It is not righteousness that ye turn your faces Towards east or West; but it is righteousness- to believe in Allah and the Last Day, and the Angels, and the Book, and the Messengers; to spend of your substance, out of love for Him, for your kin, for orphans, for the needy, for the wayfarer, for those who ask, and for the ransom of slaves; to be steadfast in prayer, and practice regular charity; to fulfil the contracts which ye have made; and to be firm and patient, in pain (or suffering) and adversity, and throughout all periods of panic. Such are the people of truth, the Allah-fearing.
The two moments in each year when the sun is directly overhead the Kaaba, the sun will indicate the direction of Mecca in all countries where it is visible. This happens on May 27 or May 28 at 9:18 GMT and on July 15 or July 16 at 9:27 GMT. Likewise there are two moments in each year when the Sun is directly over the antipodes of the Kaaba. This happens on January 12 or January 13 at 21:29 GMT and on November 28 at 21:09 GMT. On those dates, the direction of shadows in any sunlit place will point directly away from the Qiblah. Because the Earth is almost a sphere, this is almost the same as saying that the Qiblah from a place is the direction in which a bird would start flying in order to get to the Kaaba by the shortest possible way. The antipodes of the Kaaba is in the middle of the Pacific Ocean, in remote southern French Polynesia, some 35 mi (56 km) northeast of Tematangi atoll and 85 mi (137 km) west-northwest of Moruroa atoll.
In April 2006, Malaysian National Space Agency (Angkasa) sponsored a conference of scientists and religious scholars to address the issue of how the Qiblah should be determined when one is in orbit. The conference concluded that the astronaut should determine the location of the Qiblah "according to [their] capability". There have already been several Muslim astronauts, among them the very first being Sultan bin Salman bin Abdulaziz Al Saud (1985), the latest being the first Muslim woman in space Anousheh Ansari (2006) and the Malaysian angkasawan (astronaut) Sheikh Muszaphar Shukor (2007).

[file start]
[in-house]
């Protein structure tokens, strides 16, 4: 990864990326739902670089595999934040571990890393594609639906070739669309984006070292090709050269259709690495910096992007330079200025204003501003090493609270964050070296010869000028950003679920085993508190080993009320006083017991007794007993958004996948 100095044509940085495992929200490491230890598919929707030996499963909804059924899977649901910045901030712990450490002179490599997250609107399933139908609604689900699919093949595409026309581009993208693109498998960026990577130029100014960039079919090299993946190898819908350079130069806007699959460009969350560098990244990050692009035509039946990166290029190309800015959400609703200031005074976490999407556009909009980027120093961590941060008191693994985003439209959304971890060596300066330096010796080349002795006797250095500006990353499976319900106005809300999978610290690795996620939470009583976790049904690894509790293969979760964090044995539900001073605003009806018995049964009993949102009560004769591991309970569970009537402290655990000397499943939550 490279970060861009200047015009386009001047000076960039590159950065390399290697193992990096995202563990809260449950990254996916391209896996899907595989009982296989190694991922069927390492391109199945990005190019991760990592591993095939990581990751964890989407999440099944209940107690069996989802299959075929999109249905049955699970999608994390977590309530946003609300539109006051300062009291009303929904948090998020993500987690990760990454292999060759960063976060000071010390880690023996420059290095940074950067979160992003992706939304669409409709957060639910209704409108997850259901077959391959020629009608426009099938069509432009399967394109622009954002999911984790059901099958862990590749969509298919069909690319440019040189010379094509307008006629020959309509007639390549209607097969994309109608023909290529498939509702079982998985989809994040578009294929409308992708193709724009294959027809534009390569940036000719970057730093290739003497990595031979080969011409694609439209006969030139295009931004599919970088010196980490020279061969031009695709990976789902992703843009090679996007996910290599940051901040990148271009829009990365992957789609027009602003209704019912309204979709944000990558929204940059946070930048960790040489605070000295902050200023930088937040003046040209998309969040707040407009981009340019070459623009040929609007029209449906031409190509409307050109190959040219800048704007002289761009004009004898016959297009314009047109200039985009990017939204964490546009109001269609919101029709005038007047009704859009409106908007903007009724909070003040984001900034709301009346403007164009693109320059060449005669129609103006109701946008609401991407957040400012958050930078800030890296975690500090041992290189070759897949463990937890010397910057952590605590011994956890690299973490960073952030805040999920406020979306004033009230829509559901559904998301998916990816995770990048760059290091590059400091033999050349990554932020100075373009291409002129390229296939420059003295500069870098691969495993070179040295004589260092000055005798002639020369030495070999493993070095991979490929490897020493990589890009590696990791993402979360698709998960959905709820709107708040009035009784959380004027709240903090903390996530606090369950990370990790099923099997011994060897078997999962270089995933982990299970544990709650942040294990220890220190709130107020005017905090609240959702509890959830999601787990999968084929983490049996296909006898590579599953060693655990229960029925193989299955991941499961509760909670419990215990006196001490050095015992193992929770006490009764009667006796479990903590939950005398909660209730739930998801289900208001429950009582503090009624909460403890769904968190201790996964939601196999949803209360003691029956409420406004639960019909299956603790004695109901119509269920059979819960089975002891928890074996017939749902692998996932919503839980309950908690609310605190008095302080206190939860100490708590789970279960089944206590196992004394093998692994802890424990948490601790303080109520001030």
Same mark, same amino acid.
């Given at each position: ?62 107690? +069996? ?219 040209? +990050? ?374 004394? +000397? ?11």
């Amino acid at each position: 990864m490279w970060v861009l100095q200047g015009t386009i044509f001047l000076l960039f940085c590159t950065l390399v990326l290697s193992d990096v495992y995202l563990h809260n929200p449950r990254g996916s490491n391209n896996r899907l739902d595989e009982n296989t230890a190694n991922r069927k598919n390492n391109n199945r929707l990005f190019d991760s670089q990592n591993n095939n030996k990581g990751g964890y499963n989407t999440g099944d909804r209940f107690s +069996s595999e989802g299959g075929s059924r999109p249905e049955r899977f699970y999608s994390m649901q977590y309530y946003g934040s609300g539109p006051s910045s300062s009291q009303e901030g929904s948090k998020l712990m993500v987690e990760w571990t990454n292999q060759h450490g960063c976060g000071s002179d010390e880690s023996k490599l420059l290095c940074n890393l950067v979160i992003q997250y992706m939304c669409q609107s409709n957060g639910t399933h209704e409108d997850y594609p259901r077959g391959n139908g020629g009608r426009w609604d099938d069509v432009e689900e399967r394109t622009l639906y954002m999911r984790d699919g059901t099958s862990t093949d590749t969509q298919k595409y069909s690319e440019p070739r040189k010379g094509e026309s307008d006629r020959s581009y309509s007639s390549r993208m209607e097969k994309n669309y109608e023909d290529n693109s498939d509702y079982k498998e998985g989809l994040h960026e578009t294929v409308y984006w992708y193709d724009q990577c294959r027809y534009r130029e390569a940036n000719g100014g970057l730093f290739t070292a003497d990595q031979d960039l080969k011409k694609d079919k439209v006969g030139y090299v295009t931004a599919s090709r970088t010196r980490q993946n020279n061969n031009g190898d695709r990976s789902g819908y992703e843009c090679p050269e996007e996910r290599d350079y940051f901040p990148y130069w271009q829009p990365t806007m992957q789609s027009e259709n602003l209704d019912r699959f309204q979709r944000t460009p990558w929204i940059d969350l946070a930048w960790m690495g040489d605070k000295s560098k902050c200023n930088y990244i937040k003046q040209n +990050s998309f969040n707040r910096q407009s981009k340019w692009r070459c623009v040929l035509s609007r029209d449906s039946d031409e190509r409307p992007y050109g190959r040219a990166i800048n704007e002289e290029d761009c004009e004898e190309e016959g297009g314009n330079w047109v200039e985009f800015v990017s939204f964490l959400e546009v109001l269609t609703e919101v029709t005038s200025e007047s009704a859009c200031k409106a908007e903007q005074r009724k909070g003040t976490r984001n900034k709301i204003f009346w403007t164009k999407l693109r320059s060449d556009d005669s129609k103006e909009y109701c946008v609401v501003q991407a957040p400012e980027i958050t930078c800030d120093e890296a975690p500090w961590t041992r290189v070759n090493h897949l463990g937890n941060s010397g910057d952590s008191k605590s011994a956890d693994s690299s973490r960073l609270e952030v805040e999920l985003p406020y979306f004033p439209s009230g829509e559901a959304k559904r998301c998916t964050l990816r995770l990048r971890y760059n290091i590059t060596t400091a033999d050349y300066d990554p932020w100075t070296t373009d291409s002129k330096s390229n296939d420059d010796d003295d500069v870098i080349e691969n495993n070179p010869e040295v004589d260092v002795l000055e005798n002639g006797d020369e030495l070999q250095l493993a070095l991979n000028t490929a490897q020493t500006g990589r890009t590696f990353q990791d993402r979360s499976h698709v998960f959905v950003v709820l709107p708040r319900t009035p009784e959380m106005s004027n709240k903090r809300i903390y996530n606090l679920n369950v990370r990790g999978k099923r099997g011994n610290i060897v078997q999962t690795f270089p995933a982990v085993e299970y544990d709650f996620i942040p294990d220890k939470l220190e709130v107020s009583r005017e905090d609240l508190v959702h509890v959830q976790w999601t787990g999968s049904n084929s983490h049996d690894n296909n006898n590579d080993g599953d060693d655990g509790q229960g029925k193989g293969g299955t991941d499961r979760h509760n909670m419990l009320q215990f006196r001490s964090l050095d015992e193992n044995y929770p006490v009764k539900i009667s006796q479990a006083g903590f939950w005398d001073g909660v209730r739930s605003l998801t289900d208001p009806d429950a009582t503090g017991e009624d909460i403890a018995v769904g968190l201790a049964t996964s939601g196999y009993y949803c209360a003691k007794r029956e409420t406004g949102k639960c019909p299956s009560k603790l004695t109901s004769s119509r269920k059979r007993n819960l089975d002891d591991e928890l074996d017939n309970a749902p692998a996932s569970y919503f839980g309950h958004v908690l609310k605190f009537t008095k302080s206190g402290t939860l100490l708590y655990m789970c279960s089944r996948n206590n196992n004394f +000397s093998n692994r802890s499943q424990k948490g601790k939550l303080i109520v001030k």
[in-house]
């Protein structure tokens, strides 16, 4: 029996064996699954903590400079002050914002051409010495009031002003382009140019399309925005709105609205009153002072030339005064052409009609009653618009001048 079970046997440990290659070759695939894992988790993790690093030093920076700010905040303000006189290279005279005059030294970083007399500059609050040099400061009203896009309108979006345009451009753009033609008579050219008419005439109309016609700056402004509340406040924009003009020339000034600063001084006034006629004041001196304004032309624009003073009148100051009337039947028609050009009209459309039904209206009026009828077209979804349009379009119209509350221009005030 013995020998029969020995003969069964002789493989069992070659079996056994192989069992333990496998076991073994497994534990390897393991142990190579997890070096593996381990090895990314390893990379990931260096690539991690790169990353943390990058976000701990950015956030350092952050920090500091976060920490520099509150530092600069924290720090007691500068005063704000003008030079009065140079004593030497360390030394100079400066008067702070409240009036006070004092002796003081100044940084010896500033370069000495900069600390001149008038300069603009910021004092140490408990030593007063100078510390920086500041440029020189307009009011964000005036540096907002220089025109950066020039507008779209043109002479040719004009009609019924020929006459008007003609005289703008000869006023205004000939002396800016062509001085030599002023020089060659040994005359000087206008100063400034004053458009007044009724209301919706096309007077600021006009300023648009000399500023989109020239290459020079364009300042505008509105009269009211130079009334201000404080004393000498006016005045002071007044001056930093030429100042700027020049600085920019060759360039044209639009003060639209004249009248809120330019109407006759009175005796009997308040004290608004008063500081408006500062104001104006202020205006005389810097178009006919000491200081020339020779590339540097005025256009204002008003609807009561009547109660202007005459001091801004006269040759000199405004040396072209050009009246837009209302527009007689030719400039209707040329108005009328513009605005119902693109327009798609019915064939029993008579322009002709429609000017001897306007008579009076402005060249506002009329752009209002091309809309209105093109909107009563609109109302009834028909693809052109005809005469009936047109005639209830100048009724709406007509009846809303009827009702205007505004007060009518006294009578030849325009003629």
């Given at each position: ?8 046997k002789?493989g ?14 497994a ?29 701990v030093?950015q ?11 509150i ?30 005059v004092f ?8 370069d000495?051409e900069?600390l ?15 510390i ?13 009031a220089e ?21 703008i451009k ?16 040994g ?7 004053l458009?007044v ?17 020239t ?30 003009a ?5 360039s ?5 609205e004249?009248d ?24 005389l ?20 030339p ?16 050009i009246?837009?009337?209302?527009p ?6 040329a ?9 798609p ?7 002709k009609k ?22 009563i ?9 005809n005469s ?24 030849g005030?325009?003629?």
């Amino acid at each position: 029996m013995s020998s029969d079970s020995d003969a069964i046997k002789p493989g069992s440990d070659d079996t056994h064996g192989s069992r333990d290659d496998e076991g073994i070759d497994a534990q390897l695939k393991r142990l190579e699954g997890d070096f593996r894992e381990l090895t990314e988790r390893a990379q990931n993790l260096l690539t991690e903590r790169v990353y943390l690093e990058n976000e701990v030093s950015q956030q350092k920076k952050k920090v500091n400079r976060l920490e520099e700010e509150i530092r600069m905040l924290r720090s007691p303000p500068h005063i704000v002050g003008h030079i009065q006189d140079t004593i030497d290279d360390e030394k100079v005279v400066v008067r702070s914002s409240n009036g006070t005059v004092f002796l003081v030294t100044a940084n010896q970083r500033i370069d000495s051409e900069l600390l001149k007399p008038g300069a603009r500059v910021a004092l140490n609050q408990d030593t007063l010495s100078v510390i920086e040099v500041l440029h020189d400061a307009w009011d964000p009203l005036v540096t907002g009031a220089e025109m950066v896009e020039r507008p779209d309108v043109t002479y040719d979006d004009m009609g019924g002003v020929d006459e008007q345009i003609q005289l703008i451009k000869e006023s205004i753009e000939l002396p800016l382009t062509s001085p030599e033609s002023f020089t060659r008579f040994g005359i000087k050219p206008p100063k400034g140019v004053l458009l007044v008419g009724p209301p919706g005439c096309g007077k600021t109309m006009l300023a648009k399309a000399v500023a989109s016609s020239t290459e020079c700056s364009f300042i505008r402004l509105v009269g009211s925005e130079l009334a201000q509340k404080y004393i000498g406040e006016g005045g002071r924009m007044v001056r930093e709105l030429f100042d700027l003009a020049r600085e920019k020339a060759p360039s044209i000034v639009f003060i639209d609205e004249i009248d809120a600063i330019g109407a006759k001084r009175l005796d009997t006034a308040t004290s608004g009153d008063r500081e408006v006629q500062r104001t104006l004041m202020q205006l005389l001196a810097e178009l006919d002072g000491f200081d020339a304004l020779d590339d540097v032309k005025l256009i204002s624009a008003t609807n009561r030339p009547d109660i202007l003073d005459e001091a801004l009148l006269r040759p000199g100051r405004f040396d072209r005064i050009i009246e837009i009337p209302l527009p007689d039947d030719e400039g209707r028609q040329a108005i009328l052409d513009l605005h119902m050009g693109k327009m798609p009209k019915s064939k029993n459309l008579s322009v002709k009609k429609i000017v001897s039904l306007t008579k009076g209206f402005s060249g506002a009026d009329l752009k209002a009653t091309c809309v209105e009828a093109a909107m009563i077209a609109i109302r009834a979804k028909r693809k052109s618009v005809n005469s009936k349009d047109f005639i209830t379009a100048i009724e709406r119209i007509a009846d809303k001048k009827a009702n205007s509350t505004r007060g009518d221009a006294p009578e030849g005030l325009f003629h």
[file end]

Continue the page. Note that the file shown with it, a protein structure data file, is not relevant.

Grand Ayatollah Ali al-Sistani has stated that one should face the direction of the Earth. This is part of the Malaysian document which recommends that the qibla should be 'based on what is possible' for the astronaut, and can be prioritized this way: 1) the Ka'aba, 2) the projection of Ka'aba, 3) the Earth, 4) wherever.
A Qibla compass or qiblah compass (sometimes also called qibla/qiblah indicator) is a modified compass used by Muslims to indicate the direction to face to perform ritual prayers. In Islam, this direction is called qibla, and points towards the city of Mecca and specifically to the Ka'abah. While the compass, like any other compass, points north, the direction of prayer is indicated by marks on the perimeter of the dial, corresponding to different cities, or by a second pointer set by the user according to their own location. Al-Biruni wrote his book (Kitab Tahdid al-Amakin, or the demarcation of the coordinates of cities) to determine the qibla. To determine the proper direction, one has to know with some precision both the longitude and latitude of one's own location and those of Mecca, the city toward which one must face. Once that is determined, the values are applied to a spherical triangle, and the angle from the local meridian to the required direction of Mecca can be determined. The problem admits of more than one method of solution, and Al-Biruni did his share in supplying the various methods in this book. Qibla indicators were made after al-Kindi in various forms. The indicator usually comprises a round brass box with a hinged lid and an inset magnetic compass. A list of important Islamic places with their longitudes, latitudes, is inscribed in Arabic on all sides of the box. The compass has a blued steel needle with an open circle to indicate north. It is surmounted by a brass pyramidal pivot and a glass plate covers all. A brass ring over the rim of the compass carries a degree circle numbered in 'abjad' numerals and the cardinal points are marked. The folding triangular gnomon is supported by a decorative open-work motif. The lid of the box is secured by a hook fastener. The instrument serves the user to determine the correct 'qibla' - the direction to which Muslims turn in prayer to face the Ka'ba in Mecca. Ornate qibla compasses date back at least to the 18th century. Some modern versions use digital readout instead of a magnetic pointer.
Some qibla compasses also include a tally counter, used to count the repetition of various du'a said after prayer.